Acta Vet. Brno 2008, 77: 297-304

Effect of Meat and Bone Meal Substitutes in Feed Mixes on Quality Indicators of Turkey Breast Meat

M. Slepičková1, L. Vorlová2

1Regional Veterinary Administration for Karlovy Vary Region
2Faculty of Veterinary Hygiene and Ecology, University of Veterinary and Pharmaceutical Sciences Brno

Received August 13, 2007
Accepted February 14, 2008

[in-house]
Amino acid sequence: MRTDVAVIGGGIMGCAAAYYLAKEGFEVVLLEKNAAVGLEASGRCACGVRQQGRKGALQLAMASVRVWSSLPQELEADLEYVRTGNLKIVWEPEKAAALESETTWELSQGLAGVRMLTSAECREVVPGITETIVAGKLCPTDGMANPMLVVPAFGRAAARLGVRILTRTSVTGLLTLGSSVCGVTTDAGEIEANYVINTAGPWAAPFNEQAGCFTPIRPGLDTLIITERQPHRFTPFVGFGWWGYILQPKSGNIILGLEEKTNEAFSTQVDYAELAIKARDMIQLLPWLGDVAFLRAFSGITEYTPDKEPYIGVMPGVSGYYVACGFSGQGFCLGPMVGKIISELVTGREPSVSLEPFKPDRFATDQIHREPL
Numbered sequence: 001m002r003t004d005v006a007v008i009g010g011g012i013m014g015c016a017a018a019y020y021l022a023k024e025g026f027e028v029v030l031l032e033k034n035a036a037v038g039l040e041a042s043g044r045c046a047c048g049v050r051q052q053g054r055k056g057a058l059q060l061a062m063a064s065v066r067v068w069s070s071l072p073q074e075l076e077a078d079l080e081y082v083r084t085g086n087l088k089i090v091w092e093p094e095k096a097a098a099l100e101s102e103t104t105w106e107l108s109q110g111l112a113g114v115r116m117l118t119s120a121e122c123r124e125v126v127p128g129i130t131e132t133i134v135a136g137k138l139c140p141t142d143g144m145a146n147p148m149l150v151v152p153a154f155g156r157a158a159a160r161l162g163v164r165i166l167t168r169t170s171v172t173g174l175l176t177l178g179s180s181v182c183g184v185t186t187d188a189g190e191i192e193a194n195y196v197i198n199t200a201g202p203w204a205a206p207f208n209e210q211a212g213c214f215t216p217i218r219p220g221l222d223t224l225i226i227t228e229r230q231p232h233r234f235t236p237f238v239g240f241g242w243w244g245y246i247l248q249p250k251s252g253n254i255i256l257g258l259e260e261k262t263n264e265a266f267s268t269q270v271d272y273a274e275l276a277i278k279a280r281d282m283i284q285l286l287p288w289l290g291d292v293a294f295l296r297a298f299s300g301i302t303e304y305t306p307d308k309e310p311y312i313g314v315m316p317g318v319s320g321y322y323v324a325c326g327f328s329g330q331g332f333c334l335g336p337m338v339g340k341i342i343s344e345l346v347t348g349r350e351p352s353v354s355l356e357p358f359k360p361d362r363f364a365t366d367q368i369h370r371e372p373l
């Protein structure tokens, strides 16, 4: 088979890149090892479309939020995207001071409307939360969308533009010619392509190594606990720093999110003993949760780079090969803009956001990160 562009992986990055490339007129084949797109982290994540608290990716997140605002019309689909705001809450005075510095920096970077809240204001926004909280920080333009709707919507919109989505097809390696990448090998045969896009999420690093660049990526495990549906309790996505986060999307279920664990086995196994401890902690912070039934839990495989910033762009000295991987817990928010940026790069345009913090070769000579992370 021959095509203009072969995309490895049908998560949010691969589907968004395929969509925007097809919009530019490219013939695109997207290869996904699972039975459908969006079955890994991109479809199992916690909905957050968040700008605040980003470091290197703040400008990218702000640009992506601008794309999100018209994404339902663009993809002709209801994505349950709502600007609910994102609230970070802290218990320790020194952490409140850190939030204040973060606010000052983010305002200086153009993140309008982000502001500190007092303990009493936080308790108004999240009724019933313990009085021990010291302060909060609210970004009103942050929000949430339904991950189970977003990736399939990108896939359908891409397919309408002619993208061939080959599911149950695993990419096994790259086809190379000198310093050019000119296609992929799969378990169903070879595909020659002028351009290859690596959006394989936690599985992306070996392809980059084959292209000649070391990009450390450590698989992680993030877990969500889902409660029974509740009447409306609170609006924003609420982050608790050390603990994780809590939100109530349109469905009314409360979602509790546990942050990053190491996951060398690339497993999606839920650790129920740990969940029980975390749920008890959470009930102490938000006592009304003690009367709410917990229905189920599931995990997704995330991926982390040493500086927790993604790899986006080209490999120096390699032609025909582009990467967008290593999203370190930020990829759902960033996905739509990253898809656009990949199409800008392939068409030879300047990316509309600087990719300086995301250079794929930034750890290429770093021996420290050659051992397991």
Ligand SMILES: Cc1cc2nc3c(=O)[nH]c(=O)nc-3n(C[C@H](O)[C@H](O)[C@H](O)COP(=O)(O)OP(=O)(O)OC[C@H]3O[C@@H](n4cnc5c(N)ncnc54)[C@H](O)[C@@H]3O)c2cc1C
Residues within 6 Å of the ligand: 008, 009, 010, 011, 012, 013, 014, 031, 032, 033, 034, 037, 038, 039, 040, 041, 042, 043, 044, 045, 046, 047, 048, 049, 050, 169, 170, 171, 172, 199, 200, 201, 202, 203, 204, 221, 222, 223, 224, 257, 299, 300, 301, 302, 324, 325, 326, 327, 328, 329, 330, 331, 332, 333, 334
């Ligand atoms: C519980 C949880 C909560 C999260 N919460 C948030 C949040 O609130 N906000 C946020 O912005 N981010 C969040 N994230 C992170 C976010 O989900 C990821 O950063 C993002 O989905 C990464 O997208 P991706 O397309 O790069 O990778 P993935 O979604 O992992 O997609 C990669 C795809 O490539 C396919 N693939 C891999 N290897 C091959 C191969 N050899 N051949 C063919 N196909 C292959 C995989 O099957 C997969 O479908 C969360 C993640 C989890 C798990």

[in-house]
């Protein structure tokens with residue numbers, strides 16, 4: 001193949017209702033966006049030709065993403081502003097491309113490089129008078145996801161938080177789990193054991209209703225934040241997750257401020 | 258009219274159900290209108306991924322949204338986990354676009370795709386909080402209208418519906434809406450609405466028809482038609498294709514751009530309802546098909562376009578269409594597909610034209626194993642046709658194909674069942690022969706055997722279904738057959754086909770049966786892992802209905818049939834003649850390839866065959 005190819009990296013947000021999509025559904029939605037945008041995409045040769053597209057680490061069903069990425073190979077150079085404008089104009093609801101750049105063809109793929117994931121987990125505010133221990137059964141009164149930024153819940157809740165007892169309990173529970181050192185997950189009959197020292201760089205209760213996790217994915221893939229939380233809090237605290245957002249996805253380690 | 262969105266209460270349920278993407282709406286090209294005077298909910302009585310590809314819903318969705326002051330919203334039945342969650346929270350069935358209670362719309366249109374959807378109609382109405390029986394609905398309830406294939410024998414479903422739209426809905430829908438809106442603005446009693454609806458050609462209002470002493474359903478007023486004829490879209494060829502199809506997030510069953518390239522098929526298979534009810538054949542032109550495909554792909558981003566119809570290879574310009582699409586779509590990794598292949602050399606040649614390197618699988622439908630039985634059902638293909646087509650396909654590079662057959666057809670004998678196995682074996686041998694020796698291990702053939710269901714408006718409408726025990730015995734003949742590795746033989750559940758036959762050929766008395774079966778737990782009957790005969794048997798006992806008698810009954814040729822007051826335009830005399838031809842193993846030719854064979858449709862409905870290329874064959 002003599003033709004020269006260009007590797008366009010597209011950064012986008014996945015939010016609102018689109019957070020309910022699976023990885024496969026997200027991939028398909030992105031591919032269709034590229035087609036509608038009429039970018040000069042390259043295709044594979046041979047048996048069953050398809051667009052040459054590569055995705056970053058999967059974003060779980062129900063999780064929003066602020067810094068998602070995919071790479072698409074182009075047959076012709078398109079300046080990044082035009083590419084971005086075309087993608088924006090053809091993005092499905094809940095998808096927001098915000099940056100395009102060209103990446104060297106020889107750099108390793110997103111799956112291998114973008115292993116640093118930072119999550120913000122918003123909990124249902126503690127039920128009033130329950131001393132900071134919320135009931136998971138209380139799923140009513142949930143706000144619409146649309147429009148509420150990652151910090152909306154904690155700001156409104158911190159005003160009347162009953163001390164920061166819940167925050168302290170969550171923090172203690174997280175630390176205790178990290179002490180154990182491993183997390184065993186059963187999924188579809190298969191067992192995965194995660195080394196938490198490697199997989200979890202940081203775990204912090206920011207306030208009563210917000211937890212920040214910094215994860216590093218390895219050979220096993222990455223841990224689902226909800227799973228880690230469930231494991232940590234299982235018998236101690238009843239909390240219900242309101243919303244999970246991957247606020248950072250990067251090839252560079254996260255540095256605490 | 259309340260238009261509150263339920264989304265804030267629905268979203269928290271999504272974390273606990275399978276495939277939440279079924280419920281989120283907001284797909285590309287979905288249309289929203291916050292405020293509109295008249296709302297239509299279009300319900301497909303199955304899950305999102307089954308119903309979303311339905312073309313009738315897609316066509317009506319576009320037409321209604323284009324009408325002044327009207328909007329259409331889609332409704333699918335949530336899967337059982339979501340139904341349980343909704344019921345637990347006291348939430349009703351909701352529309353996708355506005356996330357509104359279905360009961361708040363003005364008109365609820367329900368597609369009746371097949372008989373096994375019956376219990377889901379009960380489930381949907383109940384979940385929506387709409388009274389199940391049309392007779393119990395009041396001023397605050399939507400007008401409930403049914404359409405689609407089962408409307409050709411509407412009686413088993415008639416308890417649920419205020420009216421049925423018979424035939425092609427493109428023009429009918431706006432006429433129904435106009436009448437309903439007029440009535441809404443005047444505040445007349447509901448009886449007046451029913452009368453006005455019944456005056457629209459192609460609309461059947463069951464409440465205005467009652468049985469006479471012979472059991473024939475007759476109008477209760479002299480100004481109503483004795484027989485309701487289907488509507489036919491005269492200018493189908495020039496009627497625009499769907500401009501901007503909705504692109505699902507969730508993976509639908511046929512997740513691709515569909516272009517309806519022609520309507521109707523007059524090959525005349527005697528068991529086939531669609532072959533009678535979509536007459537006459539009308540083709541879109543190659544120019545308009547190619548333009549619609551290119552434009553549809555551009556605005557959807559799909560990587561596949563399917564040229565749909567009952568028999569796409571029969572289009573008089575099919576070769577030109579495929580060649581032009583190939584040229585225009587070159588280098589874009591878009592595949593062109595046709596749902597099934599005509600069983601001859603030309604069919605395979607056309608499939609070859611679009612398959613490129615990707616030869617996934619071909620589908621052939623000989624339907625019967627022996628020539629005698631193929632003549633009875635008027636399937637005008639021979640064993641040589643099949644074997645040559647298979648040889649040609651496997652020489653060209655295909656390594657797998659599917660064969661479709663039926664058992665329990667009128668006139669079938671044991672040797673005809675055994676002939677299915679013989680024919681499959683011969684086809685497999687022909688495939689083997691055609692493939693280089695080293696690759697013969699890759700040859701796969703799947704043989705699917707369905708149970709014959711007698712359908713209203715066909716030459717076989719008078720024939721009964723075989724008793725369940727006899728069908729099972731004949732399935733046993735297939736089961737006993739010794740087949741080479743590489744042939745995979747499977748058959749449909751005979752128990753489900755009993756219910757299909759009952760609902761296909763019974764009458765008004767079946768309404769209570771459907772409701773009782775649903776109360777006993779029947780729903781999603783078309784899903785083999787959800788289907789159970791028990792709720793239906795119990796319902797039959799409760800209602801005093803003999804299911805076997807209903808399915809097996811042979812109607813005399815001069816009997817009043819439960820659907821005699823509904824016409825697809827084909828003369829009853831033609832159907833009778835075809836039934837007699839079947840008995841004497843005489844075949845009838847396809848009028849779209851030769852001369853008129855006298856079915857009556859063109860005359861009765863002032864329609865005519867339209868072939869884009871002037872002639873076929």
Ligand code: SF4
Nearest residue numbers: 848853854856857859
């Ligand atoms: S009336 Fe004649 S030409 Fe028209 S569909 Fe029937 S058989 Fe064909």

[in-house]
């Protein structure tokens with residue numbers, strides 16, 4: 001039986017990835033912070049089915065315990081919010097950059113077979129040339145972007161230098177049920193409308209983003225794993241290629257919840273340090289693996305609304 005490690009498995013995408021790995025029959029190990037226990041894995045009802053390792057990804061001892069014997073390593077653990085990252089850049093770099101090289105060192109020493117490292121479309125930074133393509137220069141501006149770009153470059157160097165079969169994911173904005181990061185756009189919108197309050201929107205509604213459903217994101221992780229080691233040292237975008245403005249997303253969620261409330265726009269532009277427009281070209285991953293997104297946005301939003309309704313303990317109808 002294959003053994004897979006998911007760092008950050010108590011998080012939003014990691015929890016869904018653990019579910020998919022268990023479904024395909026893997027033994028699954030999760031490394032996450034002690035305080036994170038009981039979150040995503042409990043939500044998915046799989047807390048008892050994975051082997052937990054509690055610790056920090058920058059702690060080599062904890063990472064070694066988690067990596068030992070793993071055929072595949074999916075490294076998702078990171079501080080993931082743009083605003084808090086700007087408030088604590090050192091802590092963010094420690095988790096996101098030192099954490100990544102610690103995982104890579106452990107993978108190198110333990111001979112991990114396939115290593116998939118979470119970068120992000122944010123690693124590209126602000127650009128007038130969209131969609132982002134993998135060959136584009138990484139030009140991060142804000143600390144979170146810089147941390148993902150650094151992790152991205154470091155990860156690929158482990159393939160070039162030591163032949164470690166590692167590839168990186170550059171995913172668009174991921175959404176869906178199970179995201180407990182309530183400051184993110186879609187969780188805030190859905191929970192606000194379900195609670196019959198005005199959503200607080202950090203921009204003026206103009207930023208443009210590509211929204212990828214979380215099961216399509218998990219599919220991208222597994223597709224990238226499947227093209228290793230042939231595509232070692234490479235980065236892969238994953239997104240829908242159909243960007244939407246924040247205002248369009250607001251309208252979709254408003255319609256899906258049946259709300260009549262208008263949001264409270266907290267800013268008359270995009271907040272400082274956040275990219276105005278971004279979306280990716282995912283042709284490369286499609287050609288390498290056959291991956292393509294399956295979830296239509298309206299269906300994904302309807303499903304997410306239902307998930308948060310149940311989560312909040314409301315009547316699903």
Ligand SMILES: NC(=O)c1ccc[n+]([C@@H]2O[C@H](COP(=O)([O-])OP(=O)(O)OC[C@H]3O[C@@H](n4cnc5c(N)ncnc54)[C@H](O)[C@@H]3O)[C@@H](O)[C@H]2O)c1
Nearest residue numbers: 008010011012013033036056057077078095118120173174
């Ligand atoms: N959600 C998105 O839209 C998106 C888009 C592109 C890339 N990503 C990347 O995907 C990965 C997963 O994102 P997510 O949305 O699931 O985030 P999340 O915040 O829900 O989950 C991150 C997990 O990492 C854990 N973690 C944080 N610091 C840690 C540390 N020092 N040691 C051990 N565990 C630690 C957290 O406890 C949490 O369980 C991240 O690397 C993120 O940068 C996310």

We analyzed turkey breast meat composition in dependence on the presence of proteins of meat and bone meal origin in the feed mixes used. Farmers involved in the research with comparable zoohygienic and technological conditions of poultry management were divided into two groups. The principal difference between the groups was in the feed mixes they used. Poultry in Group 1 was fed feed mixes containing a total of 7.2 - 9.5% of meat and bone meal, fish meal and poultry meal and of 3.4 - 36.8% of soybean according to the age category as the main source of protein. In Group 2 the nutritious portion of meat and bone meal-based protein was substituted with soybean meal. Feed mixes fed to turkeys in Group 2 contained 9.35 - 35.25% soybean meal depending on the age group. Between 2002 and 2003, turkey meat samples were collected at a turkey slaughterhouse. The samples were cooled to + 4 °C and examined for meat binding characteristics, water content, and total fat. The remaining parts of samples were frozen and pooled. Then they were tested for their content of total protein, net muscle protein, collagen and 9 fatty acids (myristic, palmitic, stearic, palmitoleic, oleic, eicosanic, erucic, linoleic and linolenic). Evaluation of the results showed that the absence of meat and bone meal in feed mixes had no effect on the indicators important for technological properties of male turkey breast muscle (meat binding characteristics, water content, content of total protein, net muscle protein and collagen). The results of the study, however, also demonstrated a decrease in total lipids (p < 0.05) and a change in the composition of fatty acids when meat and bone meal was replaced with soybean meal (Group 2). Also increased were the levels of palmitic, stearic and eicosanic fatty acids. The difference between eicosanic fatty acid levels was significant (p < 0.05). In the same group of birds, the level of oleic acid also decreased (p < 0.01). The change in total lipids and in the composition of fatty acids of male turkey breast muscle might be important with regards to human health (particularly cardiovascular and cancer diseases).